California's Fast-Moving Inferno Tests Firefighters, Homeowners
THE curtain of flames that spread across five southern California counties this week underlines as no incident in state history the susceptibility of the Golden State's desert landscapes to flash fires fanned by quick moving winds.
The fires also have tested the state's emergency response plans even more than two previous tragedies: The firestorm that whipped through dry-brush infested Oakland in October 1991, destroying 1,000 homes, and a wind-driven inferno that incinerated 560 structures in Santa Barbara the year before that.
Every major firefighting unit across several thousand square miles has been enlisted to fight the blazes. But containment efforts have been largely futile because the blazes ignited in so many different locations from Ventura inland to Yucaipa, and from the Sierra Madre mountains to Laguna Beach. At least four fires were reported by authorities to have been started by arson, while one was attributed to a homeless transient trying to keep warm.
``It is difficult to offer the kind of consolation that will help homeowners,'' said Gov. Pete Wilson (R), after declaring states of emergency in Riverside, Los Angeles, Ventura, San Diego, and Orange Counties. The announcement paved the way for local, state, and federal relief. ``We will give them physical comfort and respond with financial needs as time goes on,'' Mr. Wilson said.
Following the very dry summer, October is also southern California's most fire-prone month. And with more days of low humidity, heat, and dry winds known as Santa Anas predicted, the fire season has just begun.
Pushed by hairdryer-hot winds that helped flames leap from house to house, up hillsides and across fields, fires in the south were also aided by airborne embers, which ignited matchbox-dry roofs. Even before fires swelled into night-time hours, a black-smoke pall hung over the city.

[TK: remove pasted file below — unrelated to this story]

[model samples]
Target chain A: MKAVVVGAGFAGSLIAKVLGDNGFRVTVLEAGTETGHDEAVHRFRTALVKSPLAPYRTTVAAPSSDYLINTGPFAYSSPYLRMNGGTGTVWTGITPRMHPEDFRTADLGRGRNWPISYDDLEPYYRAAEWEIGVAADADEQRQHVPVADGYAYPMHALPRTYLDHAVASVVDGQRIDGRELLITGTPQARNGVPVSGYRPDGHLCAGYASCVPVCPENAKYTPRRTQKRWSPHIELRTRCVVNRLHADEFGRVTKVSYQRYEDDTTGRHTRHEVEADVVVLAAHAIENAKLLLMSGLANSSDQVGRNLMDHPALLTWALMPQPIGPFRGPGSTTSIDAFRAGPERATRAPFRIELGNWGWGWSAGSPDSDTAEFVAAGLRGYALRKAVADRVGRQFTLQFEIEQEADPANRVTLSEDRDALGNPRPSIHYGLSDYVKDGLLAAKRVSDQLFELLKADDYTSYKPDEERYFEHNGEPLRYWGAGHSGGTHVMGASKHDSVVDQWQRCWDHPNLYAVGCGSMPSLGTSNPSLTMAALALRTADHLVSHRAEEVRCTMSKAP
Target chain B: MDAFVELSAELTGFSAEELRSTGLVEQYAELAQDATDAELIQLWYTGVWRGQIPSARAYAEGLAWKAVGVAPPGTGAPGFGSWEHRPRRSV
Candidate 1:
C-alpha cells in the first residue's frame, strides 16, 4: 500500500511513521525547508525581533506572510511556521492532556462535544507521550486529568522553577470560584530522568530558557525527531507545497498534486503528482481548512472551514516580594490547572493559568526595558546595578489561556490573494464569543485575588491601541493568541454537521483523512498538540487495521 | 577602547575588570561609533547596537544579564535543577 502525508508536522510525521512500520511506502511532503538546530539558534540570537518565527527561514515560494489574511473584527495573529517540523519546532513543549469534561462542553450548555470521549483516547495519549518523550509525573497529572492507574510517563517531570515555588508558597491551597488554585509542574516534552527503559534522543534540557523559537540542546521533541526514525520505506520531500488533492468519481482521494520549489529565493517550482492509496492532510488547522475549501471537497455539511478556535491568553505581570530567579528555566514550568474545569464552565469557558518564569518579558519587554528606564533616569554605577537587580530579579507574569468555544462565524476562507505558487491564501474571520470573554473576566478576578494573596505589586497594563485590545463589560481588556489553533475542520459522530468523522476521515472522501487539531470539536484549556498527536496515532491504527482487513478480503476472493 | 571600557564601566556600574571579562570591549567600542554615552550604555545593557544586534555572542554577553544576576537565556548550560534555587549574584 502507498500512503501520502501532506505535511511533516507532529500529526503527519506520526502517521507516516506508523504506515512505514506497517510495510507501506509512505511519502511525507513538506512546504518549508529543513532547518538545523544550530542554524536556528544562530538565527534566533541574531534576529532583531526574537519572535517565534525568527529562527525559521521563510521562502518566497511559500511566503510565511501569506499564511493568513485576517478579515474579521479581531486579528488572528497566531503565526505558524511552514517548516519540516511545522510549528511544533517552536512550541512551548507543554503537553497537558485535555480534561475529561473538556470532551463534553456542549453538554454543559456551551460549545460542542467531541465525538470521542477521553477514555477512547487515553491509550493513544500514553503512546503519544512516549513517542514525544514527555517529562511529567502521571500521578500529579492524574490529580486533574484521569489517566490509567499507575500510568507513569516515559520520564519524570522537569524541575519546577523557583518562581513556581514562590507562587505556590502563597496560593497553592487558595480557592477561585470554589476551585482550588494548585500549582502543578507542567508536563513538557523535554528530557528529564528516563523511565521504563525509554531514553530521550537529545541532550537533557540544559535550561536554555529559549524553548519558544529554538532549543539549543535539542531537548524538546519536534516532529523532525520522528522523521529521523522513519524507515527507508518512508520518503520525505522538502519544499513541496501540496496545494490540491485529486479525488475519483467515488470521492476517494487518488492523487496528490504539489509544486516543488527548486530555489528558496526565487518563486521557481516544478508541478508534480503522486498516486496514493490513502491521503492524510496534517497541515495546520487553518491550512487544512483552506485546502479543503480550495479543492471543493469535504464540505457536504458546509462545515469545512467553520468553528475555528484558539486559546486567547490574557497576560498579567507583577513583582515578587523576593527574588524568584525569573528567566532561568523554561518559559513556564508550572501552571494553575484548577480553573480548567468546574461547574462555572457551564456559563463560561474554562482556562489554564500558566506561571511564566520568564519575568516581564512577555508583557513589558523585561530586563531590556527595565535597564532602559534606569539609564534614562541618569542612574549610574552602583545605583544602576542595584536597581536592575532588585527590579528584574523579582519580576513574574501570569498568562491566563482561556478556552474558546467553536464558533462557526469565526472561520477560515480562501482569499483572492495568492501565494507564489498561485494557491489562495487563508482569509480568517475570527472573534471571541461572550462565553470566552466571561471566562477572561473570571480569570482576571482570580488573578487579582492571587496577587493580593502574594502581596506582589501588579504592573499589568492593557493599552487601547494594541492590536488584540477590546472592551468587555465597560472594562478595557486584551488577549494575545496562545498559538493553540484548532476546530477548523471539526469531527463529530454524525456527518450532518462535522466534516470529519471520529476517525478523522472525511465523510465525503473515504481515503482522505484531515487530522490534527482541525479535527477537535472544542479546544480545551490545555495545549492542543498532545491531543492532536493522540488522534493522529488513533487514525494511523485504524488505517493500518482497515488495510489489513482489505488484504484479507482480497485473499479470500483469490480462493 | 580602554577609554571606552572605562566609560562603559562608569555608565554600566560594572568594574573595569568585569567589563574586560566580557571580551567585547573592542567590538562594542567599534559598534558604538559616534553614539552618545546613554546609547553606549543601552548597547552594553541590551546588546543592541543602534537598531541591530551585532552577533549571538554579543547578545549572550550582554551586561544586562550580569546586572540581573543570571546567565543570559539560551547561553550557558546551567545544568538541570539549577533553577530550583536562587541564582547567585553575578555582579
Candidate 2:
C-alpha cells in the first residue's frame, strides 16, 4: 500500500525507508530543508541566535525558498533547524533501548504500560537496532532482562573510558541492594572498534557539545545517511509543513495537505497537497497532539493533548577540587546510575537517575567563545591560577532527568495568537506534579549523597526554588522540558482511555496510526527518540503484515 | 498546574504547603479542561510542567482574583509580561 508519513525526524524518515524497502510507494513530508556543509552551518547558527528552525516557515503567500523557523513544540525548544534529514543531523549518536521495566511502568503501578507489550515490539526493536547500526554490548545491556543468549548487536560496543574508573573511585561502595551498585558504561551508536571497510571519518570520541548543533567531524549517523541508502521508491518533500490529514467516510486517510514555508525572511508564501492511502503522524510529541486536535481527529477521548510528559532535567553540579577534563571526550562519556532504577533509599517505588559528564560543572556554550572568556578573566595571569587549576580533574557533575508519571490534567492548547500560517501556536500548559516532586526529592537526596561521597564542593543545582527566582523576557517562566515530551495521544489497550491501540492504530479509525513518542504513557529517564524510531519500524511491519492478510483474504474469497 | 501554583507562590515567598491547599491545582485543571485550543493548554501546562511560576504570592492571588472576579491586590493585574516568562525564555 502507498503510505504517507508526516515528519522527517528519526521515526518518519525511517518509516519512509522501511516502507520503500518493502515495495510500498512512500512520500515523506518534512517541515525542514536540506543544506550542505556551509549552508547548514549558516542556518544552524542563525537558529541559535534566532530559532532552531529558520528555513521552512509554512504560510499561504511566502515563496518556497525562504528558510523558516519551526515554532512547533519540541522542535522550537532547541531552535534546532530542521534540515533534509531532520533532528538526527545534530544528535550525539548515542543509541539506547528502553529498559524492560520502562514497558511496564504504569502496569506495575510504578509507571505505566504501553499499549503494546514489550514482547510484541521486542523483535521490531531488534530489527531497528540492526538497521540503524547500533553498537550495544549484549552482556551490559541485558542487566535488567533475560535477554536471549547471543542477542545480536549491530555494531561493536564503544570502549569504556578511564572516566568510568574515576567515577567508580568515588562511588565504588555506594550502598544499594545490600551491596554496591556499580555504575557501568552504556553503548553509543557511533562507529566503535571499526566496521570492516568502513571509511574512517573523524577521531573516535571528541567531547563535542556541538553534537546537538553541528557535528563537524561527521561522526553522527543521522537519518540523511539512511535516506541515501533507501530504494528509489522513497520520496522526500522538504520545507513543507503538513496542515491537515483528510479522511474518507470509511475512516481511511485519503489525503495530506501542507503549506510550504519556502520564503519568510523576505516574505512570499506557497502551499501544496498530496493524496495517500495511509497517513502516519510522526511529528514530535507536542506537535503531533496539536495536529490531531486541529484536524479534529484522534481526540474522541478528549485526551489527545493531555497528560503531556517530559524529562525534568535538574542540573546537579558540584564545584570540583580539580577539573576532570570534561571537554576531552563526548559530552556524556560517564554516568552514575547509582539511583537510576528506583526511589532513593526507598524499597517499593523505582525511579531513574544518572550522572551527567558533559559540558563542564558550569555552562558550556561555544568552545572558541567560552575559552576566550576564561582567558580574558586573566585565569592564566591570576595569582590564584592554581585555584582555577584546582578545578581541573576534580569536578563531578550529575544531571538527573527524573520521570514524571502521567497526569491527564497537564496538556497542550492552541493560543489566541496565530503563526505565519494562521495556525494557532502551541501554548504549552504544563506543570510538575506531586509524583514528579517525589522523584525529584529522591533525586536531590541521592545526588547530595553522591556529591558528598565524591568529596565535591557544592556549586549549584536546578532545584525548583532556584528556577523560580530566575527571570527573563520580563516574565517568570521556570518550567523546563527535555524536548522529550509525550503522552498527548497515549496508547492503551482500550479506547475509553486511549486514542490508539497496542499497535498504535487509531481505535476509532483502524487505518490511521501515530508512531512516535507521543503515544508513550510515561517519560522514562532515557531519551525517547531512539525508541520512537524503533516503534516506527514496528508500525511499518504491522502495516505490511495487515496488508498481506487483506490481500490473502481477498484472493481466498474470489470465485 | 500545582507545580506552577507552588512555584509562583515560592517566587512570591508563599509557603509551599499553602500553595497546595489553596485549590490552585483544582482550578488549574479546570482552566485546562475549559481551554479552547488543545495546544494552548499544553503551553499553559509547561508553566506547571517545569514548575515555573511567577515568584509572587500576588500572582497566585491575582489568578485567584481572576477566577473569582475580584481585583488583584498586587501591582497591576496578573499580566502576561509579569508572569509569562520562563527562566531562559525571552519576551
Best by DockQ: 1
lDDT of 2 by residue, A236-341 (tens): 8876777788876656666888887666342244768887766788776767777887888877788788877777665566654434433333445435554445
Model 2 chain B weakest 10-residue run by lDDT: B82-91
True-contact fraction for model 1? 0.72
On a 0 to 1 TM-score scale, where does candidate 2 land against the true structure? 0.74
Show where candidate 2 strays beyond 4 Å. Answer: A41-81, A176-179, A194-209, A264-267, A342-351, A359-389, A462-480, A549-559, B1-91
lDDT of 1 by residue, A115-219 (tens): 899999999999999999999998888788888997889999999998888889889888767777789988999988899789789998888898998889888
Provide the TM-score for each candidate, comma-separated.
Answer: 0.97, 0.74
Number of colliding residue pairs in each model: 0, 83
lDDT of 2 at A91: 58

Felled power lines sparked and prevented some rescue and firefighting efforts. Natural-gas explosions and steady leaks helped fuel the infernos. In several communities, water supplies were sucked dry by hosing trucks, leaving firefighters to drain area pools.
Elsewhere, neighbors helped neighbors fight off flames with garden hoses. ``We absolutely made a difference,'' said Ken Steward, a resident of Laguna Beach, one of the hardest hit areas.
Mr. Steward told TV interviewers of heroic efforts by friends in some neighborhoods that helped salvage homes flanked by other homes on fire. In other neighborhoods, exhausted water supplies made dousing flames impossible.
``Just above downtown [Laguna] there was no water at all,'' said Steward. ``It was really frustrating.''
At press time, the fires had consumed at least 80,000 acres of land and estimates of destroyed or damaged homes reached 600. At least 27 firefighters and five residents were hurt battling the blazes.
The tragedy is expected to reignite debate about the adequacy of southern California fire regulations. Dozens of homes in Laguna Beach were said to be constructed before new ordinances demanded fire-retardant materials for roofs and siding.
For now, however, the news is filled with a 1,001 vignettes of struggle and heroism, from concerted efforts by firefighters to keep flames from traversing key highways to local homeowners rescuing pets from fire-rimmed backyards.
The round-the-clock coverage of the disaster has angered some. Brian Stonehill, a media analyst at Pomona College in Claremont, Calif., says TV news magnifies the horrific aspects of the fires in a hypnotic fashion that could help spur copycat arsonists.
``Undoubtedly, seeing your fire on TV magnifies the sick thrill of seeing your match burn down a forest or a bush,'' he says.